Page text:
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California Water Science Center (CAWSC) - Groundwater Ambient Monitoring and Assessment (GAMA) Program

About GAMA

Who is GAMA?

Why is GAMA important?

What will participants gain from the GAMA program?

Study approach

GAMA program results reporting and contact information



Who is GAMA?

Crew sampling well in Southern California

Stewardship of the State’s ground-water resources is a shared responsibility between all levels of the government and community. Participants include representatives from California Water Boards (SWRCB/RWQCB), Department of Water Resources (DWR), Department of Health Services (DHS), U.S. Geological Survey (USGS), Lawrence Livermore National Laboratory (LLNL), regional water management entities, and county and local water agencies. A key aspect of the GAMA program is interagency collaboration and cooperation with local water agencies and well owners. Local participation in the GAMA program is entirely voluntary.

Why is GAMA important?

Well in Southern California

The GAMA program is important because the data collected during the study include analyses for chemical constituents that are not normally available; these data will be especially useful for providing an early indication of potential water-quality problems. The data also will be used to identify the natural and human factors affecting ground-water quality. An understanding of these factors is important for the long term management and protection of California's ground-water resources.

What Will Participants Gain from the GAMA Program?

The GAMA program will provide many benefits to State, local, and community participants. The program will

Study Approach

Priority Basins San Diego Desert Basin & Range Sierra Nevada Cascades & Modoc Plateau Klamath Mountains N Coast Ranges Central Valley S Coast Ranges Transverse & Selected Penninsular Ranges

There are 476 identified ground-water basins and subbasins in California (Belitz and others, 2003). For the purposes of this study, these ground-water basins were ranked in groups of sampling priority on the basis of the number of public-supply wells, ground-water usage, and potential sources of ground-water contamination (for example, leaking underground fuel tanks or pesticide applications) in each basin. The 116 identified priority basins collectively include more than 75 percent of the public-supply wells in California. For the GAMA program, the priority basins were combined into 35 study units. These study units will be sampled 2004 through 2010. In each study unit, 60 to 120 public-supply wells will be sampled.

Three types of water-quality assessments will be conducted for each study unit:

  1. Status: the assessment of current ground-water quality
  2. Trends: the detection of changes in water quality
  3. Understanding: the assessment of natural and human factors that affect ground-water quality

These assessments will integrate existing water-quality data (such as DHS public supply well water-quality data), with data collected specifically as part of this study. In addition, the GAMA program will monitor a much broader suite of constituents, at much lower detection limits, than required by DHS. Samples will be analyzed for chemical constituents that include major ions, trace elements, nutrients, volatile organic compounds, pesticides, and pharmaceuticals, to define the quality of water in the ground-water basins. Naturally occurring isotopes (tritium, carbon-14, and helium-4) also will be measured in these samples to help identify the source and age of the sampled ground water. A tiered analytical approach will be used to balance spatial coverage and analytical intensity (number of constituents analyzed).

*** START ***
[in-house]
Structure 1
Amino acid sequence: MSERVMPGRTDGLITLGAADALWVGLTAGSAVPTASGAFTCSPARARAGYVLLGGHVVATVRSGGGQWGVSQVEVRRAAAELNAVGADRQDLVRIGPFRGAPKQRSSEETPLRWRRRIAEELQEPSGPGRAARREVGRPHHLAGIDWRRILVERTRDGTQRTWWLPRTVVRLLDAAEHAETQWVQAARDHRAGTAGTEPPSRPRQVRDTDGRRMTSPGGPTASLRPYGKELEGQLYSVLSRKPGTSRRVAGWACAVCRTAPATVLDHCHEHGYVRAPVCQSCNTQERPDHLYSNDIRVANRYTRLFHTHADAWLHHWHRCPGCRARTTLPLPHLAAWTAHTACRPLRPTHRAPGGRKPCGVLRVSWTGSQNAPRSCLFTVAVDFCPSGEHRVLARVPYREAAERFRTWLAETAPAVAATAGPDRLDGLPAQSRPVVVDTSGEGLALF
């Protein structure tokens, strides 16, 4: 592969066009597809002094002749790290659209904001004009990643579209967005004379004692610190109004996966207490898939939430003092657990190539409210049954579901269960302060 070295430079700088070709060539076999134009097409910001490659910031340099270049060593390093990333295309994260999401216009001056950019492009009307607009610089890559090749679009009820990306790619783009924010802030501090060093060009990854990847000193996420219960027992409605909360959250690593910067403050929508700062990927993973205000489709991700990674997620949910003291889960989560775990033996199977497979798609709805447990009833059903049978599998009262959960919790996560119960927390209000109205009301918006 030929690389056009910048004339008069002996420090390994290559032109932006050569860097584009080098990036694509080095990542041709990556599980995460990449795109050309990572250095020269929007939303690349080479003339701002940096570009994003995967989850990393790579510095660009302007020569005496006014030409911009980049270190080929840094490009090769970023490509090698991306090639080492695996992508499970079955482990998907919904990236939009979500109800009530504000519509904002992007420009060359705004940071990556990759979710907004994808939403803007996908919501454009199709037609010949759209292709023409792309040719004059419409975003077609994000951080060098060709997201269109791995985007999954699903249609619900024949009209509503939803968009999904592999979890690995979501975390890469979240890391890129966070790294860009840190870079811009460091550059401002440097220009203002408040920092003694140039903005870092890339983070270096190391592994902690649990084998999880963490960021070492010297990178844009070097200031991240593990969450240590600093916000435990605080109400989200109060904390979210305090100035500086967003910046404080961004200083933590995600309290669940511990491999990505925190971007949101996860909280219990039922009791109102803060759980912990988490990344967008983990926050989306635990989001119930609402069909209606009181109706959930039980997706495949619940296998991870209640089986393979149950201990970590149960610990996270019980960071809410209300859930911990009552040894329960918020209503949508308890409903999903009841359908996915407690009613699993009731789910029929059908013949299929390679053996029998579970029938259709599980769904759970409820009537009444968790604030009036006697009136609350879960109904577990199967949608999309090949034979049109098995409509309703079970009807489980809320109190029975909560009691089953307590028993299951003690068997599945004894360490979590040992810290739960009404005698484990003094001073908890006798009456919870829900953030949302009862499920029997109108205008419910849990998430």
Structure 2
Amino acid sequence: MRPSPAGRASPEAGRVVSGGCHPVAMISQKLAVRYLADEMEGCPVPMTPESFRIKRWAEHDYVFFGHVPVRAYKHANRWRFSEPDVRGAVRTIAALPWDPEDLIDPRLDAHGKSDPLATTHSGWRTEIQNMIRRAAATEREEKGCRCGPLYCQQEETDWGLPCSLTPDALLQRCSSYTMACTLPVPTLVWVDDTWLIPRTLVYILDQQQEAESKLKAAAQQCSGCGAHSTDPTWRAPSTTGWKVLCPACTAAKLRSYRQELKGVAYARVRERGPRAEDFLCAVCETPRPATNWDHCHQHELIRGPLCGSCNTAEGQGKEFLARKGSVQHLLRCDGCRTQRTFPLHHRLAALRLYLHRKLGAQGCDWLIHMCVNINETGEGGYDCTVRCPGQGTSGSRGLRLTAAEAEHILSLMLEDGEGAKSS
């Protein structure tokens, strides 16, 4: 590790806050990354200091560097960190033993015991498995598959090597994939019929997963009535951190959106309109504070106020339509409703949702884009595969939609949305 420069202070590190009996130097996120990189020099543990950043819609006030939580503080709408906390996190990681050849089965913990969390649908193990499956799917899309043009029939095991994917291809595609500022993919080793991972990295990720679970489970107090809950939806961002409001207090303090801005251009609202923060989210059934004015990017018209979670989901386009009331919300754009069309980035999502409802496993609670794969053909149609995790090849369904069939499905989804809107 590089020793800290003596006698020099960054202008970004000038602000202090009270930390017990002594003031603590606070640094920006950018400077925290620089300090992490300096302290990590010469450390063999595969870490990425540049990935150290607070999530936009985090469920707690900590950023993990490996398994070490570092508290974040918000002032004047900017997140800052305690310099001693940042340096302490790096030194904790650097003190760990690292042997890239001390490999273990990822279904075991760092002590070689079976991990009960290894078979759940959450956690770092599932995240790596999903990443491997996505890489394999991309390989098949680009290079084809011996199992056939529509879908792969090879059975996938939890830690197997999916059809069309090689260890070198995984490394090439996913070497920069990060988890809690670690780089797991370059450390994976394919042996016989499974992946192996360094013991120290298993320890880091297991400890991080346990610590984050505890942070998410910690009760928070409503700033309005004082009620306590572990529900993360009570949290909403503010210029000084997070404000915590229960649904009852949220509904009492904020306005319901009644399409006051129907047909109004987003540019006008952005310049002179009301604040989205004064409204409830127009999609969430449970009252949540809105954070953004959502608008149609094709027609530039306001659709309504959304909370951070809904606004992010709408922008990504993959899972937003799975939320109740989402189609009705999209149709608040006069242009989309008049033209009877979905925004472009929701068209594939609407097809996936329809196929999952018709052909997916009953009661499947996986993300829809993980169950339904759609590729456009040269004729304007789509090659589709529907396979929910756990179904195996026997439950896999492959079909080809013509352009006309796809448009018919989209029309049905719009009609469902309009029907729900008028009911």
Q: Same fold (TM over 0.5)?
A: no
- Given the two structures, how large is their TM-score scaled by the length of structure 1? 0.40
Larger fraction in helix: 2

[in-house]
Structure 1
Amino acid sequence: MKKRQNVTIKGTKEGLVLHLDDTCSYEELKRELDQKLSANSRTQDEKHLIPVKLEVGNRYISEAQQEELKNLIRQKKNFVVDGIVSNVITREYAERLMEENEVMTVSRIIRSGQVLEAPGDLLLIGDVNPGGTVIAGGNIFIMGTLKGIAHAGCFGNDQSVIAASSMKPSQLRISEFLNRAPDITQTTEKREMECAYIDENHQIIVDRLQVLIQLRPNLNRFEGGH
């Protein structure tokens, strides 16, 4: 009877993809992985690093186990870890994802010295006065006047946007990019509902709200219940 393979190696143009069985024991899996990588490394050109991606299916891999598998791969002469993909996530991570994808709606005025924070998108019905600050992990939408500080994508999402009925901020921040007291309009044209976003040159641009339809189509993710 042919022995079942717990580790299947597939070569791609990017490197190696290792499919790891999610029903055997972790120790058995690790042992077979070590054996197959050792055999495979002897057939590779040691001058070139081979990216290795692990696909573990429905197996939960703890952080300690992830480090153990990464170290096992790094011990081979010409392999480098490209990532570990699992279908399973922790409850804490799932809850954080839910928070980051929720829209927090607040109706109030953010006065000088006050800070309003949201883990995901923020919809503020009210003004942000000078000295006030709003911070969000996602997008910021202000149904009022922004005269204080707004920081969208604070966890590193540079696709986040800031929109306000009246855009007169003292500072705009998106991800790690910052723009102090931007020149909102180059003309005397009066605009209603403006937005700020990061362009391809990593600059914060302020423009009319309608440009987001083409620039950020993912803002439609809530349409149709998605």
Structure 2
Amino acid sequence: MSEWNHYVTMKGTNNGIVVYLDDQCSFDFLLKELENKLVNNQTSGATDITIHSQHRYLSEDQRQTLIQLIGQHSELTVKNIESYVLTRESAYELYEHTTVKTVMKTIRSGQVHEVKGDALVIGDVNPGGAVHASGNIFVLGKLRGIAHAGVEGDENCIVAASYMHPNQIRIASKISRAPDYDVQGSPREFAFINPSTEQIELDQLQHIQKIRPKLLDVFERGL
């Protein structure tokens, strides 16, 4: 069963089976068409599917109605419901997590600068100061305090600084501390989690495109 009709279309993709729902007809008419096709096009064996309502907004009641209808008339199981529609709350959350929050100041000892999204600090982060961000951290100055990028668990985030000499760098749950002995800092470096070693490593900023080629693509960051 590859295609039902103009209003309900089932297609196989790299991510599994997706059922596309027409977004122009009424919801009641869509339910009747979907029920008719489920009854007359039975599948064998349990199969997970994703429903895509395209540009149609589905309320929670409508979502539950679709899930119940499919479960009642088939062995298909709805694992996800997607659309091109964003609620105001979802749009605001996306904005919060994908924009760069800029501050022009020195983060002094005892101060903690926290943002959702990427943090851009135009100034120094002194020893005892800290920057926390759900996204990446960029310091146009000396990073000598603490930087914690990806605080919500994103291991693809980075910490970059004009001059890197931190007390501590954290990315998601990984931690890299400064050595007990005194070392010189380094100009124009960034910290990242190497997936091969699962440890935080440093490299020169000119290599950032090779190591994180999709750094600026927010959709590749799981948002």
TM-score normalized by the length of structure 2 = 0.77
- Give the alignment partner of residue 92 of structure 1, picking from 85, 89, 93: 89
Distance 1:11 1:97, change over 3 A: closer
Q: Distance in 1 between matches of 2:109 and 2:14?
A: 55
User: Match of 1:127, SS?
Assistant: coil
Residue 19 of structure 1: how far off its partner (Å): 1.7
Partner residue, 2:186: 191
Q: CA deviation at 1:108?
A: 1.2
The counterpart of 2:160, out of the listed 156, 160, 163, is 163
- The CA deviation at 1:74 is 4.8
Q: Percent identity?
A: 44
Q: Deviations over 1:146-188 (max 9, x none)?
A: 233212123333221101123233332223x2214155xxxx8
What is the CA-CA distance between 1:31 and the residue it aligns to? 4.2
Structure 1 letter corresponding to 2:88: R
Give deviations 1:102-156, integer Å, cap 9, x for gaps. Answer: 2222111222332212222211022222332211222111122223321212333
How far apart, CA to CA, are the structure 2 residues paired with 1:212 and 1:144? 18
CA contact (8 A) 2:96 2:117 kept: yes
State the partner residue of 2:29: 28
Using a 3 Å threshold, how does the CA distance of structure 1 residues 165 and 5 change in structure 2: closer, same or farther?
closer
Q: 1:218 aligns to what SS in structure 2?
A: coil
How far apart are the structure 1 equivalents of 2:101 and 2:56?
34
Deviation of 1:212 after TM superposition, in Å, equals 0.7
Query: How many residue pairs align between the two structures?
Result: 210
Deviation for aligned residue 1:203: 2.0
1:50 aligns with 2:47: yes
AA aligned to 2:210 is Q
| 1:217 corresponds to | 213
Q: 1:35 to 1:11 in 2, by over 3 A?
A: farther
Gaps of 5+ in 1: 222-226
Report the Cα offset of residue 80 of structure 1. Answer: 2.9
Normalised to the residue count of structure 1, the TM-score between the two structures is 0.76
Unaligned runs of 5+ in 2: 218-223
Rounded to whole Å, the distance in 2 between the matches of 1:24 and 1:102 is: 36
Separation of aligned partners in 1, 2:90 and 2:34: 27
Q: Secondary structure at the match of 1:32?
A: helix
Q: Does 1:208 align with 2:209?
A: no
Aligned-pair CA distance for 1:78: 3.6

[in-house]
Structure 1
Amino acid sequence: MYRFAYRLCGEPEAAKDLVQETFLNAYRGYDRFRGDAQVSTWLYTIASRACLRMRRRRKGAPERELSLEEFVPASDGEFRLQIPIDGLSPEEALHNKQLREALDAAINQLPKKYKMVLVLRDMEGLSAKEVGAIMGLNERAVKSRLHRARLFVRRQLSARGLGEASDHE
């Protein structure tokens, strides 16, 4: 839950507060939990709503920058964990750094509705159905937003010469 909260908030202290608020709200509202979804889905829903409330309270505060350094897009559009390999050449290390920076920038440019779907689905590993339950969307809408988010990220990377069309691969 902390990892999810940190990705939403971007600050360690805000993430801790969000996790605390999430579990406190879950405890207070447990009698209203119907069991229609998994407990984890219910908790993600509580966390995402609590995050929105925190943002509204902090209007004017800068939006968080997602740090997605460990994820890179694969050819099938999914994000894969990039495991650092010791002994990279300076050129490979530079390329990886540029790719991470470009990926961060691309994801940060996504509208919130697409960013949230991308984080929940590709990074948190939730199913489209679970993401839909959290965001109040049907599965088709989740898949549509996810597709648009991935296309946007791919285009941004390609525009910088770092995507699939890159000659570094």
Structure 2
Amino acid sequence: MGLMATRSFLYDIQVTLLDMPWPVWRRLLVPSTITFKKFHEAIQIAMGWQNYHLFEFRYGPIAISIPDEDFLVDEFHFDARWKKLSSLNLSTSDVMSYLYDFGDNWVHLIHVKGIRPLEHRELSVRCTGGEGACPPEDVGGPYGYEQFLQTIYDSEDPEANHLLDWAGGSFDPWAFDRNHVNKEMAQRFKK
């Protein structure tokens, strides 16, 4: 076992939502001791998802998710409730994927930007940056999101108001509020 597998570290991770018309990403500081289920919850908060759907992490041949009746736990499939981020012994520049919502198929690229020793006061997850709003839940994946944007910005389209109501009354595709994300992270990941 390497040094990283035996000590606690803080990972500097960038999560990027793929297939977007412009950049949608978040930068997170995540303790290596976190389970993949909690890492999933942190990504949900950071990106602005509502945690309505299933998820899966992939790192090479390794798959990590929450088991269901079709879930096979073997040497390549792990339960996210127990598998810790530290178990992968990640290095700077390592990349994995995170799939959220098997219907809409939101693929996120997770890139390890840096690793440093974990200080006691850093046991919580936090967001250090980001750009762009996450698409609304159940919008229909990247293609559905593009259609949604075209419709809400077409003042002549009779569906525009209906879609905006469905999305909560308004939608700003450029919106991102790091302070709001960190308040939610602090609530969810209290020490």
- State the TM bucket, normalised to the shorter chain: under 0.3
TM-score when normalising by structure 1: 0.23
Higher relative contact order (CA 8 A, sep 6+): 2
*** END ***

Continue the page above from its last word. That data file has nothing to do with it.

GAMA Program Results Reporting

The GAMA program is committed to facilitating interagency communication and data sharing. Preliminary results will be discussed with participants at the local Groundwater Basin Assessment “Wrap- Up” meetings. The SWRCB and USGS will post a summary data report on the program Internet web-site, to be followed by the Groundwater Basin Assessment report. Prior to the public release of any data or reports, the SWRCB and USGS will consult with local water agencies and well owners to ensure that information is communicated in an appropriate manner. The SWRCB and the USGS will provide additional explanation of results upon request.

Contact Information

Technical reports and hydrologic data collected for the GAMA program may be obtained from:

GAMA Project ChiefPicture of oak tree
U.S. Geological Survey
California Water Science Center
4165 Spruance Road, Suite 200
San Diego, CA 92101
Telephone number: (619) 225-6100

GAMA Program Unit
State Water Resources Control Board
Division of Water Quality
PO Box 2231
Sacramento, CA 95812
Telephone number: (916) 341-5250

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URL: http://ca.water.usgs.gov/projects/gama/includes/GAMA_facts.html
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Page Last Modified: Wednesday, 09-Jan-2013 17:49:58 EST